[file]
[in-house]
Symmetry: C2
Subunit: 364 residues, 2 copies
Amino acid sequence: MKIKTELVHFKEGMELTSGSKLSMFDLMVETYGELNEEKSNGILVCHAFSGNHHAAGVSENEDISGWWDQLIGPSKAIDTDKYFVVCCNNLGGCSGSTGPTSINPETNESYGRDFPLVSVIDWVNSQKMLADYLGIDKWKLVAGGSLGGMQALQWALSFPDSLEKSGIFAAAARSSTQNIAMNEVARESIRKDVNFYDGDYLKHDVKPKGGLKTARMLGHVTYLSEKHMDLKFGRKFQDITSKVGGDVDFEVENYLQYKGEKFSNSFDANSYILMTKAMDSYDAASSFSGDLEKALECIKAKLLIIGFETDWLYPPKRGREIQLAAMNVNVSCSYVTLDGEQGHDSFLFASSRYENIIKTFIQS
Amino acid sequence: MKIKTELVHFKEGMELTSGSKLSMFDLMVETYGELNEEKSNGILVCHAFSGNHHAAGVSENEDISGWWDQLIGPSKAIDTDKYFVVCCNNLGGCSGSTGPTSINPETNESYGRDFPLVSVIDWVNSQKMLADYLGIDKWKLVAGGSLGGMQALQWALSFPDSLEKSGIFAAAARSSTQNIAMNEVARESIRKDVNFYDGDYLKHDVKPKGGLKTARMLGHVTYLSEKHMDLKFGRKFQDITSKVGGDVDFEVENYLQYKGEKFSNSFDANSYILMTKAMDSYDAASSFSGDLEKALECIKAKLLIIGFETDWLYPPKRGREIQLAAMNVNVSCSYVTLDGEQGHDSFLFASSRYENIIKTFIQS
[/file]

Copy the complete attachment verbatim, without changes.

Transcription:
[in-house]
Symmetry: C2
Subunit: 364 residues, 2 copies
Amino acid sequence: MKIKTELVHFKEGMELTSGSKLSMFDLMVETYGELNEEKSNGILVCHAFSGNHHAAGVSENEDISGWWDQLIGPSKAIDTDKYFVVCCNNLGGCSGSTGPTSINPETNESYGRDFPLVSVIDWVNSQKMLADYLGIDKWKLVAGGSLGGMQALQWALSFPDSLEKSGIFAAAARSSTQNIAMNEVARESIRKDVNFYDGDYLKHDVKPKGGLKTARMLGHVTYLSEKHMDLKFGRKFQDITSKVGGDVDFEVENYLQYKGEKFSNSFDANSYILMTKAMDSYDAASSFSGDLEKALECIKAKLLIIGFETDWLYPPKRGREIQLAAMNVNVSCSYVTLDGEQGHDSFLFASSRYENIIKTFIQS
Amino acid sequence: MKIKTELVHFKEGMELTSGSKLSMFDLMVETYGELNEEKSNGILVCHAFSGNHHAAGVSENEDISGWWDQLIGPSKAIDTDKYFVVCCNNLGGCSGSTGPTSINPETNESYGRDFPLVSVIDWVNSQKMLADYLGIDKWKLVAGGSLGGMQALQWALSFPDSLEKSGIFAAAARSSTQNIAMNEVARESIRKDVNFYDGDYLKHDVKPKGGLKTARMLGHVTYLSEKHMDLKFGRKFQDITSKVGGDVDFEVENYLQYKGEKFSNSFDANSYILMTKAMDSYDAASSFSGDLEKALECIKAKLLIIGFETDWLYPPKRGREIQLAAMNVNVSCSYVTLDGEQGHDSFLFASSRYENIIKTFIQS